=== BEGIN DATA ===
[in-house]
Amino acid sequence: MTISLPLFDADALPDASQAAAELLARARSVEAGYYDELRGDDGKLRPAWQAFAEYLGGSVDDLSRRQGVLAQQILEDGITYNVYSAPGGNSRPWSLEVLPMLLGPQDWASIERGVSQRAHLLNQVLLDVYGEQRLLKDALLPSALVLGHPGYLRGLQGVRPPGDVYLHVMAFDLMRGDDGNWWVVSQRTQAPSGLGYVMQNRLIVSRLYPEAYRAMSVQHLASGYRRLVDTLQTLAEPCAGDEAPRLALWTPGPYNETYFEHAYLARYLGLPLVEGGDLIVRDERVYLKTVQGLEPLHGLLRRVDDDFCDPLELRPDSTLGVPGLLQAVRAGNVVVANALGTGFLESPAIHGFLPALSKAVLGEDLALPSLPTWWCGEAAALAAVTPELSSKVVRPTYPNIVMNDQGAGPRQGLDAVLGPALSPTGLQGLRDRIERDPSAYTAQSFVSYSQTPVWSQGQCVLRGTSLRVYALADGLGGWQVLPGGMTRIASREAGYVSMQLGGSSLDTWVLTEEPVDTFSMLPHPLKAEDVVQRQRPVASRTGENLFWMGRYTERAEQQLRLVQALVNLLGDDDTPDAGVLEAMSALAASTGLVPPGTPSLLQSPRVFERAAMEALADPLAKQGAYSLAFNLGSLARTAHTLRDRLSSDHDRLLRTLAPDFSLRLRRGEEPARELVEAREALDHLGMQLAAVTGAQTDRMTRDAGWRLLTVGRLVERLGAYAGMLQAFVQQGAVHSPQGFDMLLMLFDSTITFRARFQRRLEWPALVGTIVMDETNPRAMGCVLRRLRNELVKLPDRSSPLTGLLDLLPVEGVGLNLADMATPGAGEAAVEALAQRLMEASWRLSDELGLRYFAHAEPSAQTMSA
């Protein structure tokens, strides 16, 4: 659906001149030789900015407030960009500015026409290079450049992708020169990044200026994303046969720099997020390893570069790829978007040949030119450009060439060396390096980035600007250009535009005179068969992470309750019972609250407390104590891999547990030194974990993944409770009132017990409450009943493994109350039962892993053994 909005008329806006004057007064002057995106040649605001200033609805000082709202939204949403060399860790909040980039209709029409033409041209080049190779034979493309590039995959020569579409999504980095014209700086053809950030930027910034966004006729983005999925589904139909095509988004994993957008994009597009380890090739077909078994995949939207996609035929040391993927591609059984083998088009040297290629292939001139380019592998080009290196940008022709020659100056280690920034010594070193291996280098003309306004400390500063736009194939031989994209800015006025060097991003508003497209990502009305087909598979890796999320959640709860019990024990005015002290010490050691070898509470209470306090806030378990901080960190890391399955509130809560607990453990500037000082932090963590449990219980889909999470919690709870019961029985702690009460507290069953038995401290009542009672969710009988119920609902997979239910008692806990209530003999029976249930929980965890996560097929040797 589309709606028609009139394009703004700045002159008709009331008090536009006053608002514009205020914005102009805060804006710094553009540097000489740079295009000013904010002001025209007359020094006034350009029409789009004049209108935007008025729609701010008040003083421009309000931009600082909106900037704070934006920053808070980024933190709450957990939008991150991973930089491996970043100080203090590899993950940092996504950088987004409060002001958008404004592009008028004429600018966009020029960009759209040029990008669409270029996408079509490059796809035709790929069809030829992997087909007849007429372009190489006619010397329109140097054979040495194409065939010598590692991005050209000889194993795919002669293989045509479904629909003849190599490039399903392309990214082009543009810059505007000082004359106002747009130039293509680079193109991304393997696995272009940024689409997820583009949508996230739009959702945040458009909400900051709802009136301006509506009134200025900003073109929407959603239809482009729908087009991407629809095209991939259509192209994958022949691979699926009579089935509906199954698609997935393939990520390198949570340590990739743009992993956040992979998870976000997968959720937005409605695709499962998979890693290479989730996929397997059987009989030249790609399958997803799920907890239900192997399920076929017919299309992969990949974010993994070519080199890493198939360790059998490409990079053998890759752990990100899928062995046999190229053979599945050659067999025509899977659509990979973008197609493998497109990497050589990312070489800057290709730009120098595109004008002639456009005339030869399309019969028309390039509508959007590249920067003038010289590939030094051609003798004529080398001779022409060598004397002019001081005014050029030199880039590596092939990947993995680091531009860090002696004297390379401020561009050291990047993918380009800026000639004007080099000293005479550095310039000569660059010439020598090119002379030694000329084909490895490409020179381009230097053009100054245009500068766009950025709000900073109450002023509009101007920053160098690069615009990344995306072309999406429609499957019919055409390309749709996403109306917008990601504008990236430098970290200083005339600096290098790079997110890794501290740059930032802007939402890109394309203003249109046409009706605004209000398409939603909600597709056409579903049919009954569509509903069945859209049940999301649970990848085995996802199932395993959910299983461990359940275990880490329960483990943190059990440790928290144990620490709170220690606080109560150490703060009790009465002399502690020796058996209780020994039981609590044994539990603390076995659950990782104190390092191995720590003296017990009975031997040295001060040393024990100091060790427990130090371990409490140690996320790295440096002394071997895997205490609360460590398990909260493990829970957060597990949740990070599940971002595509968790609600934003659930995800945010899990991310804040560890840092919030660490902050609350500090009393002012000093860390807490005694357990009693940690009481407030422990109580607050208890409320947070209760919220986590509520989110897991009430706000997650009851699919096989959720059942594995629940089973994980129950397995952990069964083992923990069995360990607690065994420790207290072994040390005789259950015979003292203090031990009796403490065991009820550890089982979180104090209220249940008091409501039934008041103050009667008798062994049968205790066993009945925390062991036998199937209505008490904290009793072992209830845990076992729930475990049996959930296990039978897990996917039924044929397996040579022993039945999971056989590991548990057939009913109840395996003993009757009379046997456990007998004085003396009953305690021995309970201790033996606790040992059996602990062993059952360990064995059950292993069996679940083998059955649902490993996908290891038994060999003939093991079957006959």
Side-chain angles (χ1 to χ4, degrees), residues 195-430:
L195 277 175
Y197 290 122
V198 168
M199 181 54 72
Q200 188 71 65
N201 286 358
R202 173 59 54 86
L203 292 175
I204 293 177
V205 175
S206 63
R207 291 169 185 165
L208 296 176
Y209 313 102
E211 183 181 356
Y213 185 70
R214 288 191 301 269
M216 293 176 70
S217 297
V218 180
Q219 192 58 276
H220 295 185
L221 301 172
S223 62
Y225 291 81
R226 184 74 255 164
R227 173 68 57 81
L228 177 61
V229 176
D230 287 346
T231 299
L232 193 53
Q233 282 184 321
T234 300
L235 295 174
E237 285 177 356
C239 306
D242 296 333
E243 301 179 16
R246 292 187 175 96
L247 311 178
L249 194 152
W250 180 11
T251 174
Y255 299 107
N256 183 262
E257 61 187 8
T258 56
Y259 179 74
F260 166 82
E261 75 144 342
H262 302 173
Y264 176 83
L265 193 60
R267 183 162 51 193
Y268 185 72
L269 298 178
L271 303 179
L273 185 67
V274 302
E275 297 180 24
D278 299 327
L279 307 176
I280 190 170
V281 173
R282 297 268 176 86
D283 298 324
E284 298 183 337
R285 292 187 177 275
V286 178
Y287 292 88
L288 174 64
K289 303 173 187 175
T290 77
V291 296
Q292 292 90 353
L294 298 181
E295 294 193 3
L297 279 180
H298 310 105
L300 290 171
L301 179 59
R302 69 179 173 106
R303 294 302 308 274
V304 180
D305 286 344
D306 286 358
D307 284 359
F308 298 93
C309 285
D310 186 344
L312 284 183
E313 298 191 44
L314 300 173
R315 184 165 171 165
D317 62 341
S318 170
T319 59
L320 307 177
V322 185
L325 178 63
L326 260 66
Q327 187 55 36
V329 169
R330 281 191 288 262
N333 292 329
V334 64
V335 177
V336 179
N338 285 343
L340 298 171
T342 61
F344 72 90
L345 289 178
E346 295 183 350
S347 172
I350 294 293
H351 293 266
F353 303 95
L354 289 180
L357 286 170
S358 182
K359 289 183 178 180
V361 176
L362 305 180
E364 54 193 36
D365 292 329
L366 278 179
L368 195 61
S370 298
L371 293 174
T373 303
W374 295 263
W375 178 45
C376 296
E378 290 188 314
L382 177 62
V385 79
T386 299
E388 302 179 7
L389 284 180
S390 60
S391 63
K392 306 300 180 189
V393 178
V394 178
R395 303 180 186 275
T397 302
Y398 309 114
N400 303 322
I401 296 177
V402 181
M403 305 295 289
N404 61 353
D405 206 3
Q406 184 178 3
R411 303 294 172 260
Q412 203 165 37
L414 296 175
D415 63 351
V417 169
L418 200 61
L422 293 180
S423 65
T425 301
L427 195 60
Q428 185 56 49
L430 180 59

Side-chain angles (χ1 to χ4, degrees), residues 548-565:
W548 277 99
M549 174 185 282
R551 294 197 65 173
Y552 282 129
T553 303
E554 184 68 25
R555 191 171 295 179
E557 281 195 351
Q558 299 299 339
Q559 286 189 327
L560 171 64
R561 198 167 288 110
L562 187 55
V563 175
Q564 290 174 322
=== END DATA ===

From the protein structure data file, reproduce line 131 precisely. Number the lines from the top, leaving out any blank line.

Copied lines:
D365 292 329